Constructing a Qualitative FDT
Table 1: Attributes most of the respondents consider in choosing an entertainment hub. Attributes
Note: The first two tables are always given. Frequency (second table) will be the number of times the stubs/classes (from the example, attributes) appeared in the given information. RF is computed by dividing the frequency by the total, then multiply it by 100. Ie. (6/22)*100=27.3
Interpretation (Use the highest frequencies)
The attributes most of the respondents consider in choosing an entertainment hub are accessibility and affordability.
1. Determine the range. (highest value-lowest value)
Ie. 20-40=16 see the table below.
2. Determine the number of classes.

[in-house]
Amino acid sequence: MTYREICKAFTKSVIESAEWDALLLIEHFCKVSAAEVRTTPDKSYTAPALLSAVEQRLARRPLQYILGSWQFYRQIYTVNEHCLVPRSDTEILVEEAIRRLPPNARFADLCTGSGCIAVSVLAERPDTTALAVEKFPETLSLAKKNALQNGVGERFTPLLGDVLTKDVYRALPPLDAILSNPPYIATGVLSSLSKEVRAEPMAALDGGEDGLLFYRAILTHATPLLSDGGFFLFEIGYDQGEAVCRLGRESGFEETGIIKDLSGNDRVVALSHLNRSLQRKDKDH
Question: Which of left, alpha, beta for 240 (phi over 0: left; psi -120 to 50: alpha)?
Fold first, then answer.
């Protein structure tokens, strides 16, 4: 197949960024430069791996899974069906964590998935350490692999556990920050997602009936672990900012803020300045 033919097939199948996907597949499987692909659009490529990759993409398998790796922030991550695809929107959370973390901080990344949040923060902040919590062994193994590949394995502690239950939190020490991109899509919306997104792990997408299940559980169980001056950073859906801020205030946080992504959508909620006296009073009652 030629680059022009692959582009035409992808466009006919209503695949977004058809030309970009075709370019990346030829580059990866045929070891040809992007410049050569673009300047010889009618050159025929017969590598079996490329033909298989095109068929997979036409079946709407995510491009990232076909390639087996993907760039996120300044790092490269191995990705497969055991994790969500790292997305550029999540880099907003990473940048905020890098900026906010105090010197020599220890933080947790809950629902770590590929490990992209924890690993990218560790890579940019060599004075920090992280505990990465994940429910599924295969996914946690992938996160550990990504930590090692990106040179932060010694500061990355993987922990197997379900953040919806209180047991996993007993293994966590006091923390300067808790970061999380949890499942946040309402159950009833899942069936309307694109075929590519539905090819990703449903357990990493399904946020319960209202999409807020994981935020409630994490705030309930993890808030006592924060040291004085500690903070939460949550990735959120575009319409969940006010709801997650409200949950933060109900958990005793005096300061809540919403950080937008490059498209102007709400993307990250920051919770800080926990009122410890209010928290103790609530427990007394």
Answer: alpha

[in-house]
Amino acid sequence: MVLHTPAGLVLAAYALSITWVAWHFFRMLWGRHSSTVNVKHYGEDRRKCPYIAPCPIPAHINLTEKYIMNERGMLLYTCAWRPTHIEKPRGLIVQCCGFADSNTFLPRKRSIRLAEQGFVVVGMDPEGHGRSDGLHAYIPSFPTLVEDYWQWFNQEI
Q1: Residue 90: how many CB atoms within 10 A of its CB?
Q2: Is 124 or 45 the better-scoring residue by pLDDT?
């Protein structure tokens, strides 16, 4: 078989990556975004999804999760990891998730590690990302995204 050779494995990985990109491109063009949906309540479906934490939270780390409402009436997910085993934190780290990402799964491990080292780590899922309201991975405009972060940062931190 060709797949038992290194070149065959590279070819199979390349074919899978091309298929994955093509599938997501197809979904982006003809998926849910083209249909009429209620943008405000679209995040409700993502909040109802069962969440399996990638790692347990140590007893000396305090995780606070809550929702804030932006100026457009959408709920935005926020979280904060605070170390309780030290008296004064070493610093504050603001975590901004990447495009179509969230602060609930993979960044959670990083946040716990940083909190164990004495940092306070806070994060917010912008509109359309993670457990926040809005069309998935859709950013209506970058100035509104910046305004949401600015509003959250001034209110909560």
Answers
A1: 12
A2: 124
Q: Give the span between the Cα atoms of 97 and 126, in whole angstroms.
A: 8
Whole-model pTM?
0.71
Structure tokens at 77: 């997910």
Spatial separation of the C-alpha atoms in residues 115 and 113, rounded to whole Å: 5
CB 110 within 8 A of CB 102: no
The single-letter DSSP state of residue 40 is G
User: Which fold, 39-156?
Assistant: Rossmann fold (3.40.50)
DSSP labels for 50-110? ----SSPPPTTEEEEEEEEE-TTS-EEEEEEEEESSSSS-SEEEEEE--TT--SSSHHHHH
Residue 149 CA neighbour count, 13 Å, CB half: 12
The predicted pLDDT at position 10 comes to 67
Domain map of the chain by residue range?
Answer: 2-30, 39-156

a. K=N in which N is the number of observation.
i. Example: k=22 k=4.7; round up; k=5
3. Determine the class size.
b. Range/number of classes.
Example: 16/5=3.2; since the data don’t possess any decimals, the answer should be 3 to make it an odd number as well.
Note: if the given data don’t possess decimals, the class size doesn’t have decimals as well. The class size is always an odd number. The number of decimal places depend on the number of decimal places of the given data.
Table 2: Number of times in a month a respondent has entertainment activity. (MS Excel)
RF= (Frequency/Number of observation)*100
TCB: LTCB=Lower limit - 0.5
UTCB=Upper limit + 0.5
Note: 0.5 is only used if the upper and lower limit are whole numbers. But if, for example, it is 4.5 – 6.5, the lower limit will be subtracted by 0.05 while the upper limit will be added with 0.05 and so on and so forth.
For CF and RCF, click the table for clarification of the equations given.
Interpretation: 4-6 times in a month, the respondents have entertainment...
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